We are a partnership of students, parents, teachers, scientists and science professionals who have come together to help foster this interest in science. SSW networks with professors, scientists, and educators throughout the USA. A Schmahl Science Workshop goes on-site, off-site, any site —anywhere. We will take our program to anyone who wants to learn.
Daniel C. Edelson, Vice President for Education, National Geographic Society writes about geographic literacy in the Spring 2009 issue of ArcNews.
“…we are in the process of launching the second phase of our campaign for geographic literacy. The goal of this campaign is to approach universal geographic literacy. Specifically, we set a goal to achieve 80 percent rates of geographic literacy in all 50 states by 2025, where geographic literacy is defined as the ability of students to apply geographic skills and understanding in their personal and civic lives. We set a second goal to achieve 50 percent geographic fluency in all 50 states at the same time. Geographic fluency is a higher standard, which we define as preparation sufficient for successful postsecondary study in subjects that require geographic skills and understanding (e.g., international affairs or environmental science).”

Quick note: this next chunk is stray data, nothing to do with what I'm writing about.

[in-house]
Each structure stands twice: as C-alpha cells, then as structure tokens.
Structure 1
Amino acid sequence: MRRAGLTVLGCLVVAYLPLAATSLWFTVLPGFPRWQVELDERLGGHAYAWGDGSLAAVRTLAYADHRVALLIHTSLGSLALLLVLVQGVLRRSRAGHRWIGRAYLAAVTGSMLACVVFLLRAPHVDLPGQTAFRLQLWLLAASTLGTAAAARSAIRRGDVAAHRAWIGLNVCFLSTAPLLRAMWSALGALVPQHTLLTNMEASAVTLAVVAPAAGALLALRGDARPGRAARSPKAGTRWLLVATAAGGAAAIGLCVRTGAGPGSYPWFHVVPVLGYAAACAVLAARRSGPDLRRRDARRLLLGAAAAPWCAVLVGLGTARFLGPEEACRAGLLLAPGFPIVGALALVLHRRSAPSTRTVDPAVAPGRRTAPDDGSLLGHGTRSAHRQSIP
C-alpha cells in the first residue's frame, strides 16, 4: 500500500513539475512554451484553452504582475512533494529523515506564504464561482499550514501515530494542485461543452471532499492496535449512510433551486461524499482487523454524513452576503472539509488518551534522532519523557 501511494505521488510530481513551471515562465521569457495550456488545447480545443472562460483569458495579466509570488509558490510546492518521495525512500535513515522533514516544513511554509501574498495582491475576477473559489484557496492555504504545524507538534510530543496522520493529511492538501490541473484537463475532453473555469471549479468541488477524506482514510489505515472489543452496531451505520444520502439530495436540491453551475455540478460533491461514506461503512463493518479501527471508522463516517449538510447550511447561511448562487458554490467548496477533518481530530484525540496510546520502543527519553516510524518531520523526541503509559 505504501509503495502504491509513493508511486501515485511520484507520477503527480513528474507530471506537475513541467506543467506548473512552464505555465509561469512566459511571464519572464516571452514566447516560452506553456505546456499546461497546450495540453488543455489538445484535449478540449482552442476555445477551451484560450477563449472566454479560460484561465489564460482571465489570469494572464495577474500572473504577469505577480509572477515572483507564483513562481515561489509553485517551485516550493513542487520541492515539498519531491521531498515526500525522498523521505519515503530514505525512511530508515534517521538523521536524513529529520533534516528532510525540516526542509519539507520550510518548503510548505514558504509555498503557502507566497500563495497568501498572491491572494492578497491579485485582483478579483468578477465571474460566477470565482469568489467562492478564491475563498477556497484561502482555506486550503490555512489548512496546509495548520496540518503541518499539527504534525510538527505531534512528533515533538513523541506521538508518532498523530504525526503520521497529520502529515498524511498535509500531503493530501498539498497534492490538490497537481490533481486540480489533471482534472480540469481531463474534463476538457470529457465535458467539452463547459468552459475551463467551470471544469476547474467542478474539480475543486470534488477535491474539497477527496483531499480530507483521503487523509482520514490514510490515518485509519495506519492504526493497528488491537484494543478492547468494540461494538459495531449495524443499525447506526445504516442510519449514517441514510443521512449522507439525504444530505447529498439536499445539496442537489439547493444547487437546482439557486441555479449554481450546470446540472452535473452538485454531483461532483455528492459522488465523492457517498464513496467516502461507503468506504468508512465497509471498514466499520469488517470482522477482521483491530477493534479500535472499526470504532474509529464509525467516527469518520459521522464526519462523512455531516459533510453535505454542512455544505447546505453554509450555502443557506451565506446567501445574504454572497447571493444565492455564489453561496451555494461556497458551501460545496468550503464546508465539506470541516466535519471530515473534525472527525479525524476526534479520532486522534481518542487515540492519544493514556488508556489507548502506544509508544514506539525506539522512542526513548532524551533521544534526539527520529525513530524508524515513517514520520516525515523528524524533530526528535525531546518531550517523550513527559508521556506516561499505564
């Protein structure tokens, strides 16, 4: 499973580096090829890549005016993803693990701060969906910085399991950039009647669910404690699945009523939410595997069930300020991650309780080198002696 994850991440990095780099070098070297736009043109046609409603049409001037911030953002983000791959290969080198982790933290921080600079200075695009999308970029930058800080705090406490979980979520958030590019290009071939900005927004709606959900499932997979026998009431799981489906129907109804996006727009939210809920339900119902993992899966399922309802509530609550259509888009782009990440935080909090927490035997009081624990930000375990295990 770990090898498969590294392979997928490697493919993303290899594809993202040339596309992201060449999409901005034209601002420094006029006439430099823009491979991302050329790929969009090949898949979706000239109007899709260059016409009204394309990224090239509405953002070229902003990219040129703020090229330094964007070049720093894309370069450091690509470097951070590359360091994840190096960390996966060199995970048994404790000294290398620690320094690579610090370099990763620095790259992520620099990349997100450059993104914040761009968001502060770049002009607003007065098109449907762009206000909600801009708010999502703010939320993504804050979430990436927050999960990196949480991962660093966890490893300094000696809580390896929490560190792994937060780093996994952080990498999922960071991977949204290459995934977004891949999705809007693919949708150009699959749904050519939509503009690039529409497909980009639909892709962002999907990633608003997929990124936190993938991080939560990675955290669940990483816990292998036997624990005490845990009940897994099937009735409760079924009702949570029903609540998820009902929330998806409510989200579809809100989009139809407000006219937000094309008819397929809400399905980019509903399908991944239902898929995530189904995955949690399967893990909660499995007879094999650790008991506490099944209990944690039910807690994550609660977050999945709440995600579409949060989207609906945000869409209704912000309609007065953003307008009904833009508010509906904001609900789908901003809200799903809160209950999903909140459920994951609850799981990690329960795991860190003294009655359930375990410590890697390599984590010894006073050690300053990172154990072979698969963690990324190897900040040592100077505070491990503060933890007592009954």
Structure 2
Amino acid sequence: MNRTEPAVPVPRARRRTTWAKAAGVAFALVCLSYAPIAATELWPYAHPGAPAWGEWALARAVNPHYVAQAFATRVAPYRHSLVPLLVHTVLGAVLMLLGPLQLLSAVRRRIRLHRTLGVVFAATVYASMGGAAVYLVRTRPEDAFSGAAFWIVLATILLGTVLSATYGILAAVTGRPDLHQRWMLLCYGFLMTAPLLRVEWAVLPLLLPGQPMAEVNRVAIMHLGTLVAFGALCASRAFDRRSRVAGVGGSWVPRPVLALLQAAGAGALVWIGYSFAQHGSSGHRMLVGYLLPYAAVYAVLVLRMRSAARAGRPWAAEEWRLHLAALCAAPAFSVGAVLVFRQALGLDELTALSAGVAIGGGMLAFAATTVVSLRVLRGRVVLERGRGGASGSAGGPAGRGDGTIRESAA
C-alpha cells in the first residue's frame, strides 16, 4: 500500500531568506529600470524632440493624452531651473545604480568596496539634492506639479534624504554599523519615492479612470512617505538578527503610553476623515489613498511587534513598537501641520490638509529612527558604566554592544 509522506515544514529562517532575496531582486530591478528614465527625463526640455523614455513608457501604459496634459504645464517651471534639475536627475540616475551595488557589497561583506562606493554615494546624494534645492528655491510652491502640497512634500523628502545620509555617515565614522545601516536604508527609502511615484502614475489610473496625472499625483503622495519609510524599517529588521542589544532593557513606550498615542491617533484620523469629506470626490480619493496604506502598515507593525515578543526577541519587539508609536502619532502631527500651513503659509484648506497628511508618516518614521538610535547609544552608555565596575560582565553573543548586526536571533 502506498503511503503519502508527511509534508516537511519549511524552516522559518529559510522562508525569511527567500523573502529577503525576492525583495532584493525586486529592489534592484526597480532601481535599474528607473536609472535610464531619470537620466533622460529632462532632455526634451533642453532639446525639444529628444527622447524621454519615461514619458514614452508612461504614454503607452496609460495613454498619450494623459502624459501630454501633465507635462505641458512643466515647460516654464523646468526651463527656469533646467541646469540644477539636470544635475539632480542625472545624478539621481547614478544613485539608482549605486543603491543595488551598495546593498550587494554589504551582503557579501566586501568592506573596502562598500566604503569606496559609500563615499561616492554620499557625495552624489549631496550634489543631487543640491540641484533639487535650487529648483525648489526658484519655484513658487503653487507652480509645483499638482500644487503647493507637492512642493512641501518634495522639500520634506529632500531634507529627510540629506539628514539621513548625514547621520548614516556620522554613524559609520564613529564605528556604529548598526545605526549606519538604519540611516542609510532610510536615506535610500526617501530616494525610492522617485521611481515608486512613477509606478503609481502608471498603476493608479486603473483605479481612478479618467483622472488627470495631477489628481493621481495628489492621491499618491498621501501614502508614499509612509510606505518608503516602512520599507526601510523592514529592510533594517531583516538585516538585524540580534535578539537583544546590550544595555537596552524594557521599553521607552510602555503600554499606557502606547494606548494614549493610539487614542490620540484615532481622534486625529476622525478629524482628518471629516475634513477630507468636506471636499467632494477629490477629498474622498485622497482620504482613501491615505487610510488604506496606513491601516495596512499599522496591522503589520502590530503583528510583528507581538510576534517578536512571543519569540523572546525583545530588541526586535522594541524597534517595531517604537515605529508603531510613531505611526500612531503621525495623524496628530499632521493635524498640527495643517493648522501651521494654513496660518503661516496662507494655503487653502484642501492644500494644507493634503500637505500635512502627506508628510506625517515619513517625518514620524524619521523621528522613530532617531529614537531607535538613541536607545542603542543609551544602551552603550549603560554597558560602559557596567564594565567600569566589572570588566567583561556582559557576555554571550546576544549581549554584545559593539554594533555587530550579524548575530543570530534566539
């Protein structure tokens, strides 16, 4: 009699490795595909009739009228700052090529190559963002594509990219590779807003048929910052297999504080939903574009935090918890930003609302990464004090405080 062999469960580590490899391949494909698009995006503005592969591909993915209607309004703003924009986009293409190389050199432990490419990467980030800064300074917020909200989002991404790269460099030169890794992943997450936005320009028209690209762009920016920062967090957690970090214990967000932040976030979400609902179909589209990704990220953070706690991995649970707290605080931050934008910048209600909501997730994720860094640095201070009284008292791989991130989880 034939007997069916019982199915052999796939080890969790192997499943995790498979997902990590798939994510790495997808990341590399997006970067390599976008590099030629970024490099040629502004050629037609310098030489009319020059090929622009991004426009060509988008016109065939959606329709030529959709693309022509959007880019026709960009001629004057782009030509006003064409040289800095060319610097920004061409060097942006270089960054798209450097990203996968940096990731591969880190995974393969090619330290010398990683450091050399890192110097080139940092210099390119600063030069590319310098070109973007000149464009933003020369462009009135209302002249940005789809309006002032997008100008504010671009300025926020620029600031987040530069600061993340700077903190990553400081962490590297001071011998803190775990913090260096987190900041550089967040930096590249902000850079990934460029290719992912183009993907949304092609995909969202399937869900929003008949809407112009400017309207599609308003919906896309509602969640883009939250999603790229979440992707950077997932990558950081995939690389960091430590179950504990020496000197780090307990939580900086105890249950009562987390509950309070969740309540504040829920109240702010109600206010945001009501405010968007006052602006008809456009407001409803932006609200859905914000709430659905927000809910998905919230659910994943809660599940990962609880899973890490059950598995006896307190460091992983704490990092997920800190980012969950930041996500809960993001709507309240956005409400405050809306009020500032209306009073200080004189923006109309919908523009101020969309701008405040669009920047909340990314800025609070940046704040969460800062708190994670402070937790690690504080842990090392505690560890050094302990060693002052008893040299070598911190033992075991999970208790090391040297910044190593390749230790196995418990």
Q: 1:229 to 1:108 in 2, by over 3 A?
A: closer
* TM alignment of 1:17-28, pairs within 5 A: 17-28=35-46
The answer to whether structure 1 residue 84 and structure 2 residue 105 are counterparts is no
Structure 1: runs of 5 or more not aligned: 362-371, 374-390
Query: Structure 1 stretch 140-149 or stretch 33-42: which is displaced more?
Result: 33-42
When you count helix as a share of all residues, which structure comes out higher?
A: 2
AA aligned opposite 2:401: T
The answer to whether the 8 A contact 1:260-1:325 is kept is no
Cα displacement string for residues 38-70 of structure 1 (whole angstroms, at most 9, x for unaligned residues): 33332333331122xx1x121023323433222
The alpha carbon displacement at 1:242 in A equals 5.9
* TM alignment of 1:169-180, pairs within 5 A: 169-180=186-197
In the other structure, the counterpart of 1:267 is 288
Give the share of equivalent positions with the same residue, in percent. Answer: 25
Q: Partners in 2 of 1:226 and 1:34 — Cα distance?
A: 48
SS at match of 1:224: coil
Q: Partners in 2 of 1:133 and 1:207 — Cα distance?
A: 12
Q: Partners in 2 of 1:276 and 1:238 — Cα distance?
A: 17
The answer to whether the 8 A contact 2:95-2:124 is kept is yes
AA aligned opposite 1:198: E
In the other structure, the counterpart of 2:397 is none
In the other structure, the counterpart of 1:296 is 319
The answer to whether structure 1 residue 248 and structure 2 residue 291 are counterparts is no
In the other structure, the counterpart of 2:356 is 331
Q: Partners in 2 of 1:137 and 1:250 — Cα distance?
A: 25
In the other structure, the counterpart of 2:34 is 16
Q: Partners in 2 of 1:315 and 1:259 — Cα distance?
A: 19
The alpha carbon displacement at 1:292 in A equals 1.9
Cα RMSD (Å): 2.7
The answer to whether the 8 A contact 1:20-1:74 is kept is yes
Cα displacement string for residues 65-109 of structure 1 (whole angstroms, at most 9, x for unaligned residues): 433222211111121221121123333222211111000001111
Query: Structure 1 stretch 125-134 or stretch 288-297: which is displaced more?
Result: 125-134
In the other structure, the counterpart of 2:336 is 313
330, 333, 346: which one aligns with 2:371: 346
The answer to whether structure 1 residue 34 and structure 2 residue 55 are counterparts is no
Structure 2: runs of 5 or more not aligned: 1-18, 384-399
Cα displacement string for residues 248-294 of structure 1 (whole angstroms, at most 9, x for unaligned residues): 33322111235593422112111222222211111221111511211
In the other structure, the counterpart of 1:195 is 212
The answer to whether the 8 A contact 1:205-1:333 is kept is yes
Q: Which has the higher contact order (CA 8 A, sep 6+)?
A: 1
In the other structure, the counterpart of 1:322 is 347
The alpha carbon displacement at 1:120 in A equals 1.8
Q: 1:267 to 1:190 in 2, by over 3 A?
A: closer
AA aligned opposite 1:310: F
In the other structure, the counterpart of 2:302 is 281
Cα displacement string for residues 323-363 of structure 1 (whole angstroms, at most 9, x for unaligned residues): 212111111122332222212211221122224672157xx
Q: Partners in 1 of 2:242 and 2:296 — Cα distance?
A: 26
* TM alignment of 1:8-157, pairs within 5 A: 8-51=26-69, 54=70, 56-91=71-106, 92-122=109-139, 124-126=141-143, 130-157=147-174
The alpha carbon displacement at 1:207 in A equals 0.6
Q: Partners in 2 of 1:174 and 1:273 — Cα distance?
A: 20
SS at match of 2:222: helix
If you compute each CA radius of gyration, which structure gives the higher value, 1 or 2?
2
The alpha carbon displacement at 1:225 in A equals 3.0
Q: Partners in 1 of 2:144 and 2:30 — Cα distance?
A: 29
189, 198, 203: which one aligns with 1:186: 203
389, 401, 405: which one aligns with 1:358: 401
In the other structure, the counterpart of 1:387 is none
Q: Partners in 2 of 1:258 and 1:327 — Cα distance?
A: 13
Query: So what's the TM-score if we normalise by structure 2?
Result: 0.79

…from The GIS Institute and Service At Sea…
We are pleased to announce the availability of our new GIS Training class, ArcGIS for Natural Resource and Field Conservation. The course materials were donated by Jack Dangermond, president of ESRI, to help us raise money for the non-profit work we do as The GIS Institute. We’ve shaped these materials into a fantastic three (or five) day instructor-led class. In short, we’ve blended sections of the ESRI ArcGIS Desktop II, Desktop III, and Spatial Analyst class, and integrated datasets from several partners in the conservation GIS and natural resources management specialty areas. We’ve also added some custom GPS material for both Garmin and Trimble equipment. Taking this class will provide students with top-notch course materials, combined with data and experiences from organizations and people who work in these GIS applications regularly.
All after-cost proceeds from the sale of this course go DIRECTLY to the general fund of The GIS Institute, our not-for-profit 501(c)3 organization. Your purchase of on-site training, or sending participants to a regularly scheduled class, is direct support for our endeavors, which foster GIS and mapping capacity amongst people working for the planet.
Many thanks to Jack, Miriam Schmidts, and to all the ESRI staff who have made this course a reality. We are also thankful for the people and partner organizations that allowed us to feature their datasets in the class; GeoEye and the Ross-Edwards family (Long Caye/Lighthouse Reef, Belize), Kruger National Park (South Africa), Orangutan International Foundation (Indonesia) and the USDA Forest Service. These contributions have allowed us to make the course one of a kind, international, and applicable to a wide range of organizational needs and technical processes.